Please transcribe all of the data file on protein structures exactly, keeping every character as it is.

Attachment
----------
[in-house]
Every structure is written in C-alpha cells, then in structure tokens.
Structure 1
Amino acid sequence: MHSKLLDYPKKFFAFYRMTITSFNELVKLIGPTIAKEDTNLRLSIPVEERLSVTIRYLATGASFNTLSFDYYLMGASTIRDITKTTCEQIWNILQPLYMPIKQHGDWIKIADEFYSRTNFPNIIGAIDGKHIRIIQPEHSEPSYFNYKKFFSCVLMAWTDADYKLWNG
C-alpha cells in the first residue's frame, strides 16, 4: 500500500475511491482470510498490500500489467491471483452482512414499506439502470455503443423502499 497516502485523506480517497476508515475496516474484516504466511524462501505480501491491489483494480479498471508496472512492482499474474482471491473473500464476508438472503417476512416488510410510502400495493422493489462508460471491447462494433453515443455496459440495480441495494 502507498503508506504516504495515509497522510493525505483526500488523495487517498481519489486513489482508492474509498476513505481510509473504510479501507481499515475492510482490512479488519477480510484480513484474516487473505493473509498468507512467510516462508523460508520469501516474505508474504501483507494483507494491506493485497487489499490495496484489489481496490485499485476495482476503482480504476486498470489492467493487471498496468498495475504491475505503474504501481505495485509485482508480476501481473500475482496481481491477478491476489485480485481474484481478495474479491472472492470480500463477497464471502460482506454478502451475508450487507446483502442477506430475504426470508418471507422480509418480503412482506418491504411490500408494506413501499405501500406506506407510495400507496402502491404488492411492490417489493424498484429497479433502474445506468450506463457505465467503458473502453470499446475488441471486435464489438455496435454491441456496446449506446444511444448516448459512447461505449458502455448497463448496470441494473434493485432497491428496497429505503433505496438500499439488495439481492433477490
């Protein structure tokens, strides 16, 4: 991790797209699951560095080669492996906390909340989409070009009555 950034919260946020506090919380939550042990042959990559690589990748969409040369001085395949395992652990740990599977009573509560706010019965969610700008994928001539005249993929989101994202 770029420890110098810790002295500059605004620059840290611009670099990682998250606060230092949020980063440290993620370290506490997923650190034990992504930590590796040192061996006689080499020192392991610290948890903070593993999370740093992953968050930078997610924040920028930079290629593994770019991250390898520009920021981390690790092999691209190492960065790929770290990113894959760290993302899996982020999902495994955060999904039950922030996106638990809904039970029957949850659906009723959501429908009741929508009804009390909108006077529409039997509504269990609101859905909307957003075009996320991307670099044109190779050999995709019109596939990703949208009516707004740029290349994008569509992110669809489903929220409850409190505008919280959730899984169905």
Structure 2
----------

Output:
[in-house]
Every structure is written in C-alpha cells, then in structure tokens.
Structure 1
Amino acid sequence: MHSKLLDYPKKFFAFYRMTITSFNELVKLIGPTIAKEDTNLRLSIPVEERLSVTIRYLATGASFNTLSFDYYLMGASTIRDITKTTCEQIWNILQPLYMPIKQHGDWIKIADEFYSRTNFPNIIGAIDGKHIRIIQPEHSEPSYFNYKKFFSCVLMAWTDADYKLWNG
C-alpha cells in the first residue's frame, strides 16, 4: 500500500475511491482470510498490500500489467491471483452482512414499506439502470455503443423502499 497516502485523506480517497476508515475496516474484516504466511524462501505480501491491489483494480479498471508496472512492482499474474482471491473473500464476508438472503417476512416488510410510502400495493422493489462508460471491447462494433453515443455496459440495480441495494 502507498503508506504516504495515509497522510493525505483526500488523495487517498481519489486513489482508492474509498476513505481510509473504510479501507481499515475492510482490512479488519477480510484480513484474516487473505493473509498468507512467510516462508523460508520469501516474505508474504501483507494483507494491506493485497487489499490495496484489489481496490485499485476495482476503482480504476486498470489492467493487471498496468498495475504491475505503474504501481505495485509485482508480476501481473500475482496481481491477478491476489485480485481474484481478495474479491472472492470480500463477497464471502460482506454478502451475508450487507446483502442477506430475504426470508418471507422480509418480503412482506418491504411490500408494506413501499405501500406506506407510495400507496402502491404488492411492490417489493424498484429497479433502474445506468450506463457505465467503458473502453470499446475488441471486435464489438455496435454491441456496446449506446444511444448516448459512447461505449458502455448497463448496470441494473434493485432497491428496497429505503433505496438500499439488495439481492433477490
């Protein structure tokens, strides 16, 4: 991790797209699951560095080669492996906390909340989409070009009555 950034919260946020506090919380939550042990042959990559690589990748969409040369001085395949395992652990740990599977009573509560706010019965969610700008994928001539005249993929989101994202 770029420890110098810790002295500059605004620059840290611009670099990682998250606060230092949020980063440290993620370290506490997923650190034990992504930590590796040192061996006689080499020192392991610290948890903070593993999370740093992953968050930078997610924040920028930079290629593994770019991250390898520009920021981390690790092999691209190492960065790929770290990113894959760290993302899996982020999902495994955060999904039950922030996106638990809904039970029957949850659906009723959501429908009741929508009804009390909108006077529409039997509504269990609101859905909307957003075009996320991307670099044109190779050999995709019109596939990703949208009516707004740029290349994008569509992110669809489903929220409850409190505008919280959730899984169905």
Structure 2